# Finding exact local extrema of simple functions

I want to exactly find all the local maxima of

f[x_] := x^4/4 - x^2/2


over the interval [-Sqrt, 1 + Pi/10].

The correct answer is that we have global maxima at x = -Sqrt and x=0, and a local maximum at x= 1 + Pi/10.

Right now my approach is to iterate the Maximize command, which finds global maximums symbolically, and each time it finds a maximum I tell it to not find the same one again. Of course after it finds the two global maxima, it doesn't give me anything useful on the third application, as the one I am trying to find is merely local.

Now I could use FindMaximum, but that only yields a numerical approximation, and I want the exact value. Also note that in this case my algorithm fails to find the local maximum at an endpoint, but it would be easy to use a different function where the method would fail to find a local maximum properly inside the interval.

Iteration 1:

Maximize[{x^4/4 - x^2/2, (x >= -Sqrt) && (x <= 1 + Pi/10)}, x]


This finds the point x=0.

Iteration 2:

Maximize[{x^4/4 - x^2/2, (x >= -Sqrt) && (x <= 1 + Pi/10) && (x != 0)}, x]


This finds the point x = -Sqrt.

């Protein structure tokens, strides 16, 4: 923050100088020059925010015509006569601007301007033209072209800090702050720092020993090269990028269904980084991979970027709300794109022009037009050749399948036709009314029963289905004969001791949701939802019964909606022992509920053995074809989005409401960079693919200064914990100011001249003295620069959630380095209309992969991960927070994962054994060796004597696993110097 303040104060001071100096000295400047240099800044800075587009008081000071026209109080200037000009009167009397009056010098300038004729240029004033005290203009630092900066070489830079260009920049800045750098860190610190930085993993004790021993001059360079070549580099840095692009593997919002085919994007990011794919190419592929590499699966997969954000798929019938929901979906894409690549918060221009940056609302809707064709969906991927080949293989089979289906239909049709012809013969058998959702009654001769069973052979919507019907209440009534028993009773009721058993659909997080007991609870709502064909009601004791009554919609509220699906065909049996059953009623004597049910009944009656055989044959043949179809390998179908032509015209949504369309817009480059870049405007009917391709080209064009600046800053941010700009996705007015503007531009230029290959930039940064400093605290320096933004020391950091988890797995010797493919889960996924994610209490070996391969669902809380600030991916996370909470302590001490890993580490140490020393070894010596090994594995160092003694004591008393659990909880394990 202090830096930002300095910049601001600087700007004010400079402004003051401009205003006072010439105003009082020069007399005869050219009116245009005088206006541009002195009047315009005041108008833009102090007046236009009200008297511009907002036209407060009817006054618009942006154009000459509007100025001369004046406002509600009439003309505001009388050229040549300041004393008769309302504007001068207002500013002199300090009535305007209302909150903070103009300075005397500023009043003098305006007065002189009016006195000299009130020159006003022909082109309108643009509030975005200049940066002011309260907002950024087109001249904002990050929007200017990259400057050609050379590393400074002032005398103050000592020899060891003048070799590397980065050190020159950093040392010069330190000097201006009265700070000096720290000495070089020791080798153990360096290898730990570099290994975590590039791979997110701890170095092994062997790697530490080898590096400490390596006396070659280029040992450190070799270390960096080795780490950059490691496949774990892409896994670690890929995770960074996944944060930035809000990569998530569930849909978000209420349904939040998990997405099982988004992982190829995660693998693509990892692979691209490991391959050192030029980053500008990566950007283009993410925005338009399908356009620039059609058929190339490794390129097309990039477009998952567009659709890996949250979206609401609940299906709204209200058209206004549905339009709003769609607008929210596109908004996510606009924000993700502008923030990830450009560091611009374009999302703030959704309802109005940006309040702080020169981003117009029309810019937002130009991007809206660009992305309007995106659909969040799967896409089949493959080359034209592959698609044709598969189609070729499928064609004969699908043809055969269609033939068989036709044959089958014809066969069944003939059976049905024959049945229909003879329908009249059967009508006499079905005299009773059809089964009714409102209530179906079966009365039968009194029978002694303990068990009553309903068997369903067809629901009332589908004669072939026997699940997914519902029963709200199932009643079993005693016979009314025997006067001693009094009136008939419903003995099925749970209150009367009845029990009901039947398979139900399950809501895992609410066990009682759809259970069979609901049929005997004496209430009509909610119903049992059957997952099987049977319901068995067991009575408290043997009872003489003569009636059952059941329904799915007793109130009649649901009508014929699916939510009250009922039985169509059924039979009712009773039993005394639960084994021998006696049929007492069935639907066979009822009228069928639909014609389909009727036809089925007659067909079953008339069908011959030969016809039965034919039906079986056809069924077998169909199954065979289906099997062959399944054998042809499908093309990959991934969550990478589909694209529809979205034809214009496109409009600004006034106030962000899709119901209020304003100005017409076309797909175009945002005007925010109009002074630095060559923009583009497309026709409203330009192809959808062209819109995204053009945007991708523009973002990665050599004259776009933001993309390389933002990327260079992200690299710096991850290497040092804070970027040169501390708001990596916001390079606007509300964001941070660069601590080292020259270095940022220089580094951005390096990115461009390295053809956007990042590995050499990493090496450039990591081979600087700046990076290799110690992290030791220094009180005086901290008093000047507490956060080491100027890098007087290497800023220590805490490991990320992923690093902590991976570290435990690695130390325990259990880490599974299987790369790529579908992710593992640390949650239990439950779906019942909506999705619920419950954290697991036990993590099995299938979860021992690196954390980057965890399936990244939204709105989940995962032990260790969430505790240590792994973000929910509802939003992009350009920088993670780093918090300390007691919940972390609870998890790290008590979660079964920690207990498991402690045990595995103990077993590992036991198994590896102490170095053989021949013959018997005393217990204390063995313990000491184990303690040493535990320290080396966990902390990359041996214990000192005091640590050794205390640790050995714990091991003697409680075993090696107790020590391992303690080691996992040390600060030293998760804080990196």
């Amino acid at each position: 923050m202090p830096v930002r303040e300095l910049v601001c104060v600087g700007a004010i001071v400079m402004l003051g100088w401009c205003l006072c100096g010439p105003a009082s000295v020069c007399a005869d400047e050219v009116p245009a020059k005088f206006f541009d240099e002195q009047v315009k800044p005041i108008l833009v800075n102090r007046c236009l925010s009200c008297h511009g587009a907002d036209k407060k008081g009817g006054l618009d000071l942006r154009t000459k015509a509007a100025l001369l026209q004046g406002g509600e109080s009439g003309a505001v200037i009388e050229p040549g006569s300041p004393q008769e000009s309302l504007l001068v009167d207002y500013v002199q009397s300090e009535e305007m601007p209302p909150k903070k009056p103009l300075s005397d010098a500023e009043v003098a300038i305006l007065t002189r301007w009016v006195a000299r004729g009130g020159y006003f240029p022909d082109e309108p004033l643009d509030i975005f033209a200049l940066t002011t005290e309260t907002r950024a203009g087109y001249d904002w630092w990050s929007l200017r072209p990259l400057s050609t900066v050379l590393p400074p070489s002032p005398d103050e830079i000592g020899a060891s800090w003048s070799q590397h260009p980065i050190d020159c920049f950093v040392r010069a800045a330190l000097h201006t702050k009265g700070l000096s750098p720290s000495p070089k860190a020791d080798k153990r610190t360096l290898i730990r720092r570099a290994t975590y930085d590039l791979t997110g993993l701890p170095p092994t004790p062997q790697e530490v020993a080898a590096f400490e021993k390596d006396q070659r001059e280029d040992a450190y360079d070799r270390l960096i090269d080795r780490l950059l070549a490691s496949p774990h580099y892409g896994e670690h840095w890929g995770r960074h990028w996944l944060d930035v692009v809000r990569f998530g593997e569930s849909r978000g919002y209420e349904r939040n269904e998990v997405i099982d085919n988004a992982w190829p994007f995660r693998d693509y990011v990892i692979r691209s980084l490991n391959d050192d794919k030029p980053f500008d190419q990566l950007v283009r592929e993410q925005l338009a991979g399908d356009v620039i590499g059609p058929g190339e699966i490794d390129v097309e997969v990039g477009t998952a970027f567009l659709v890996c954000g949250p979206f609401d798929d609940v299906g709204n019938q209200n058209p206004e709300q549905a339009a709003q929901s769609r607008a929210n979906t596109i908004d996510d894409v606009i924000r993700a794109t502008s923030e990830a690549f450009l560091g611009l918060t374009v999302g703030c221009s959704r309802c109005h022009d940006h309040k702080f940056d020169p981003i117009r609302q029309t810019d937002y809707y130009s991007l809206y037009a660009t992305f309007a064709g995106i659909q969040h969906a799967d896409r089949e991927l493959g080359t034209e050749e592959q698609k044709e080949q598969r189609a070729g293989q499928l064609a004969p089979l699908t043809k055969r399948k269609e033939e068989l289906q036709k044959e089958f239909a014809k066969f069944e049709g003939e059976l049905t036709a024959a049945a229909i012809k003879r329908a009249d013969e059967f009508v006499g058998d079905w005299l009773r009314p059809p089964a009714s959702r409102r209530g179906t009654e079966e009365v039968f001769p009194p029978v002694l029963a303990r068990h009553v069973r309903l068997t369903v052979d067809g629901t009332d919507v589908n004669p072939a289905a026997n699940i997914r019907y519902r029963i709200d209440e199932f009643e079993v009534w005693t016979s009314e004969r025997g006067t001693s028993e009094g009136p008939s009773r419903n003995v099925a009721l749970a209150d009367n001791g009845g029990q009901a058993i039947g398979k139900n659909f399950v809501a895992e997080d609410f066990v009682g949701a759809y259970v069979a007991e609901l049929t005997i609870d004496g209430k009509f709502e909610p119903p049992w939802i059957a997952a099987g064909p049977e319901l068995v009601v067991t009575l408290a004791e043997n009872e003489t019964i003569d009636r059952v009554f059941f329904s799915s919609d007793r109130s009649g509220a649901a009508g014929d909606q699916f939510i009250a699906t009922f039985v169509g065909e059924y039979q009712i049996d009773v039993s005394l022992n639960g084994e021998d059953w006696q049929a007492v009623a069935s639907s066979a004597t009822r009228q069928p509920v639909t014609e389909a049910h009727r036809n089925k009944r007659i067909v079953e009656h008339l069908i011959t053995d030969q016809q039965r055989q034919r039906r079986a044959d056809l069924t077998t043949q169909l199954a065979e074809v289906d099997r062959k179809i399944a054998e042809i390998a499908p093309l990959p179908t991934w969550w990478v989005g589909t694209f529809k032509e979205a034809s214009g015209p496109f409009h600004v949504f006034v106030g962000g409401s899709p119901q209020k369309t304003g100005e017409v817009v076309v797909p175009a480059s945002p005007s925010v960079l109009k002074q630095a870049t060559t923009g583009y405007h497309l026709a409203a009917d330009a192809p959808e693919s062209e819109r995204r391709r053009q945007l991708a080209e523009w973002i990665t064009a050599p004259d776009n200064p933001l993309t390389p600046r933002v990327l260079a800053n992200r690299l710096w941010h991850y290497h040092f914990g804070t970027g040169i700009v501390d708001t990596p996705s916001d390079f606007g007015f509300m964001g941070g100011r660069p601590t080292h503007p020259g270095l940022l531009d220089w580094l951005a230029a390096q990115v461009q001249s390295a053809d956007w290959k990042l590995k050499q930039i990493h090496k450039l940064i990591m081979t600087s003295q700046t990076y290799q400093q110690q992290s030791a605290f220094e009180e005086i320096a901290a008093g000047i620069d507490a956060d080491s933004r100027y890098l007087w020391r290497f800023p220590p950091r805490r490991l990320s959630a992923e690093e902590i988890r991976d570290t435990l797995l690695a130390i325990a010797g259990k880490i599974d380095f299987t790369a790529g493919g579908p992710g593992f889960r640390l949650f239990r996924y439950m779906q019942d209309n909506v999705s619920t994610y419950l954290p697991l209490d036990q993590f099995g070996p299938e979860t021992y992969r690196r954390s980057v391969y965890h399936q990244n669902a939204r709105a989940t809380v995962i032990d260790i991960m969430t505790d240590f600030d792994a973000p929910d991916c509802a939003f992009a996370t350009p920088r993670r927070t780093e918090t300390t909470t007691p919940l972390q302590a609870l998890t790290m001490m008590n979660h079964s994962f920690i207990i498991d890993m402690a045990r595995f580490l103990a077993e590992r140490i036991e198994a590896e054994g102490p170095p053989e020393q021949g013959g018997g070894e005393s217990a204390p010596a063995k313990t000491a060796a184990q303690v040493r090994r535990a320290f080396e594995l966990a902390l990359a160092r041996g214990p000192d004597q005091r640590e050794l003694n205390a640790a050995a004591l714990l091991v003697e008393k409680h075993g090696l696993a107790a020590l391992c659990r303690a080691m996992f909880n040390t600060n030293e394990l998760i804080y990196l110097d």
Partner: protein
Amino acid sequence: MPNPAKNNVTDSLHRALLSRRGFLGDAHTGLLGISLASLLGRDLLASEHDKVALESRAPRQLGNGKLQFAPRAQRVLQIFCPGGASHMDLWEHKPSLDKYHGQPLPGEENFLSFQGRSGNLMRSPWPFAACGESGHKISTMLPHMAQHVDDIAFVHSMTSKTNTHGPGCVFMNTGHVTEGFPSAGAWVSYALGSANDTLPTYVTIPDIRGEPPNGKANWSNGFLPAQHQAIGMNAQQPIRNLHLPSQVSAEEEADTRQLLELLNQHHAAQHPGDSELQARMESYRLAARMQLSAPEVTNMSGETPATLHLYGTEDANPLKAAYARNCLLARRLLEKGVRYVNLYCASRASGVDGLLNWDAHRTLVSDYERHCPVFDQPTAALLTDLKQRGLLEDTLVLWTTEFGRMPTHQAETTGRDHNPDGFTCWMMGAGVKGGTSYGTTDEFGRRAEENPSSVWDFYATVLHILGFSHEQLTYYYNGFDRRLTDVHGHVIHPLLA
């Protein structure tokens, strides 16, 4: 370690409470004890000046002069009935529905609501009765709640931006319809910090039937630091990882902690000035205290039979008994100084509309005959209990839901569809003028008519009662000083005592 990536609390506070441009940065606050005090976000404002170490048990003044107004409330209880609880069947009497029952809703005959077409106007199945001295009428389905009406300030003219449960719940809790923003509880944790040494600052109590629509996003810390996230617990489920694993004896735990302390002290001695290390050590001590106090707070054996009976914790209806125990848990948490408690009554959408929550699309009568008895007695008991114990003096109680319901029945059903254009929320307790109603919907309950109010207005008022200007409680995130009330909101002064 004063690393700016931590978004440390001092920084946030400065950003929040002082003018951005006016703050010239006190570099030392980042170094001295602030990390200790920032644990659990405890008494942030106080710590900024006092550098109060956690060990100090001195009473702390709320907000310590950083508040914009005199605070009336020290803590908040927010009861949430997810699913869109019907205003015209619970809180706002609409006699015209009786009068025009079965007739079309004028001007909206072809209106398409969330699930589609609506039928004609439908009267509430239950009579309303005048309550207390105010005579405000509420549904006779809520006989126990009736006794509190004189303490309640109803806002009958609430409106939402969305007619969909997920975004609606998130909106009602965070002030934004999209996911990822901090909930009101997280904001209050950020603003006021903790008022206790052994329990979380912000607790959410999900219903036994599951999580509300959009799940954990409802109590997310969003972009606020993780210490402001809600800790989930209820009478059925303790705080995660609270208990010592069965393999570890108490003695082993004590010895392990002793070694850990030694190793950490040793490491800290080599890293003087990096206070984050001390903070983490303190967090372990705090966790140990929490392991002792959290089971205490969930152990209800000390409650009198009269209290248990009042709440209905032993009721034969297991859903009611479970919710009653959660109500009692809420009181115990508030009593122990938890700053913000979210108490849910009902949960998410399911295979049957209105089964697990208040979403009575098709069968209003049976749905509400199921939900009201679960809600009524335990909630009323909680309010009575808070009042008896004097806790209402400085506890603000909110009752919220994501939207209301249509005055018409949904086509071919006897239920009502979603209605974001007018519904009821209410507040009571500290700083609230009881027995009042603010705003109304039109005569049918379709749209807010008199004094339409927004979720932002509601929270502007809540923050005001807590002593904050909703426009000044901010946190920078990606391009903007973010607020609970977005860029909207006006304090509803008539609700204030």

Iteration 3:

Maximize[{x^4/4 - x^2/2, (x >= -Sqrt) && (x <= 1 + Pi/10) && (x != 0) && (x != -Sqrt)}, x]


Of course this throws a "no maximum in the region" error, when I would like it to find x = 1 + Pi/10.

I am open to patches for this approach or completely different algorithms as well.

• If your function going to be twice differentiable?
– Kuba
Jan 29, 2014 at 8:33
• You could do it old-school: solve for f'[x]==0 and check the second derivatives plus look at the edges of your interval for local extrema. Jan 29, 2014 at 8:34
• @Yves Klett and Kuba, good suggestions. Unfortunately the function isn't guaranteed to be twice-differentiable, and even when it is, the second-derivative test isn't guaranteed to give all extrema (e.g. in y = x^4). Jan 29, 2014 at 19:25
• Ahhh... you should definitely add this info to the question. Jan 29, 2014 at 20:15

Since you used "algorithms", I offer this probably fragile kludge. It uses a simple first derivative test bounded by your interval to find possibilities, then divides your interval using those, finally using Maximize over those to find results. You'd probably want to use more sophisticated (e.g. second derivative testing) checks, but perhaps it's a starting point for other ideas. Takes the lower & upper bounds, and the function, as arguments.

DeleteDuplicates[
Maximize[{f[x], #[] <= x && x <= #[]}, x] & /@
Partition[
Flatten@{#[],
Solve[D[#[], x] == 0 && #[] <= x <= #[], x][[All, 1,
2]], #[]}, 2, 1]] &[{-Sqrt, 1 + Pi/10, (x^4)/4 - (x^2)/2}] • Thanks Rasher, I think that's a good approach. I only added one refinement. My algorithm was 1) Find all critical pts (where first deriv = 0) 2) Cut the function along each of those points 3) Use Maximize / Minimize on the function restricted to each interval. There will be exactly one max and one min. 4) Any true local max, say, will only be a max in any of the intervals. If a point is a max in one interval and a min in another, it's a critical point but non-extremal, so remove it from your answer list. Thanks again! Jan 31, 2014 at 19:40